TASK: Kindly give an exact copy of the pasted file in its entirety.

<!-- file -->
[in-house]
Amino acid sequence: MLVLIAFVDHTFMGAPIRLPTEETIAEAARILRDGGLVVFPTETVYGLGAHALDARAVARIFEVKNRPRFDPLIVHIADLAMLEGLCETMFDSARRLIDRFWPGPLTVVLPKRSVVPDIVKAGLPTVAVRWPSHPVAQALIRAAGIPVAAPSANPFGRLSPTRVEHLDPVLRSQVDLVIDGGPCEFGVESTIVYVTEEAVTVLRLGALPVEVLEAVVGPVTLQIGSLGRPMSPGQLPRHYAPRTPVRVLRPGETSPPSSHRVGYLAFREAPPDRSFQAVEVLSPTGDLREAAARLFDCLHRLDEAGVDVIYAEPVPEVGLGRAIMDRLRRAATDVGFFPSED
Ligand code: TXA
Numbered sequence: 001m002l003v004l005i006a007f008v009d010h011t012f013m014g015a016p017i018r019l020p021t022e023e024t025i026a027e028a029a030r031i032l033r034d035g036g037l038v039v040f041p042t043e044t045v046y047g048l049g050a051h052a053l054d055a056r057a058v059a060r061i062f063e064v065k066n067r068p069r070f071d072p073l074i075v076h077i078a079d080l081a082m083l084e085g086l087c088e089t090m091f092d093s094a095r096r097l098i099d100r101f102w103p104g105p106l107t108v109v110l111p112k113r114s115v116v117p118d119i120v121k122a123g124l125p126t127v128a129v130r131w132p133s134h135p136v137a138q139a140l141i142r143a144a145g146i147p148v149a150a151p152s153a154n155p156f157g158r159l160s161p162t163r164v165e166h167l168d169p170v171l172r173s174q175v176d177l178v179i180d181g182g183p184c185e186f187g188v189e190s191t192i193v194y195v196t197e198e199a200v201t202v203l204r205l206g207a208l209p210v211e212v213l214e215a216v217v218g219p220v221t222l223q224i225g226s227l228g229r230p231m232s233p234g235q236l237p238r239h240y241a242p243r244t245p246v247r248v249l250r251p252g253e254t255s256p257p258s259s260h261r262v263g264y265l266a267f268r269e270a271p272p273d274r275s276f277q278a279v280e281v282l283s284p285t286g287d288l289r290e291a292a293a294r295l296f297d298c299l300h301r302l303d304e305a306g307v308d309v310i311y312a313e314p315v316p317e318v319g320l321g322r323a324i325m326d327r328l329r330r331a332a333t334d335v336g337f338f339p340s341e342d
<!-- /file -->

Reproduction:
[in-house]
Amino acid sequence: MLVLIAFVDHTFMGAPIRLPTEETIAEAARILRDGGLVVFPTETVYGLGAHALDARAVARIFEVKNRPRFDPLIVHIADLAMLEGLCETMFDSARRLIDRFWPGPLTVVLPKRSVVPDIVKAGLPTVAVRWPSHPVAQALIRAAGIPVAAPSANPFGRLSPTRVEHLDPVLRSQVDLVIDGGPCEFGVESTIVYVTEEAVTVLRLGALPVEVLEAVVGPVTLQIGSLGRPMSPGQLPRHYAPRTPVRVLRPGETSPPSSHRVGYLAFREAPPDRSFQAVEVLSPTGDLREAAARLFDCLHRLDEAGVDVIYAEPVPEVGLGRAIMDRLRRAATDVGFFPSED
Ligand code: TXA
Numbered sequence: 001m002l003v004l005i006a007f008v009d010h011t012f013m014g015a016p017i018r019l020p021t022e023e024t025i026a027e028a029a030r031i032l033r034d035g036g037l038v039v040f041p042t043e044t045v046y047g048l049g050a051h052a053l054d055a056r057a058v059a060r061i062f063e064v065k066n067r068p069r070f071d072p073l074i075v076h077i078a079d080l081a082m083l084e085g086l087c088e089t090m091f092d093s094a095r096r097l098i099d100r101f102w103p104g105p106l107t108v109v110l111p112k113r114s115v116v117p118d119i120v121k122a123g124l125p126t127v128a129v130r131w132p133s134h135p136v137a138q139a140l141i142r143a144a145g146i147p148v149a150a151p152s153a154n155p156f157g158r159l160s161p162t163r164v165e166h167l168d169p170v171l172r173s174q175v176d177l178v179i180d181g182g183p184c185e186f187g188v189e190s191t192i193v194y195v196t197e198e199a200v201t202v203l204r205l206g207a208l209p210v211e212v213l214e215a216v217v218g219p220v221t222l223q224i225g226s227l228g229r230p231m232s233p234g235q236l237p238r239h240y241a242p243r244t245p246v247r248v249l250r251p252g253e254t255s256p257p258s259s260h261r262v263g264y265l266a267f268r269e270a271p272p273d274r275s276f277q278a279v280e281v282l283s284p285t286g287d288l289r290e291a292a293a294r295l296f297d298c299l300h301r302l303d304e305a306g307v308d309v310i311y312a313e314p315v316p317e318v319g320l321g322r323a324i325m326d327r328l329r330r331a332a333t334d335v336g337f338f339p340s341e342d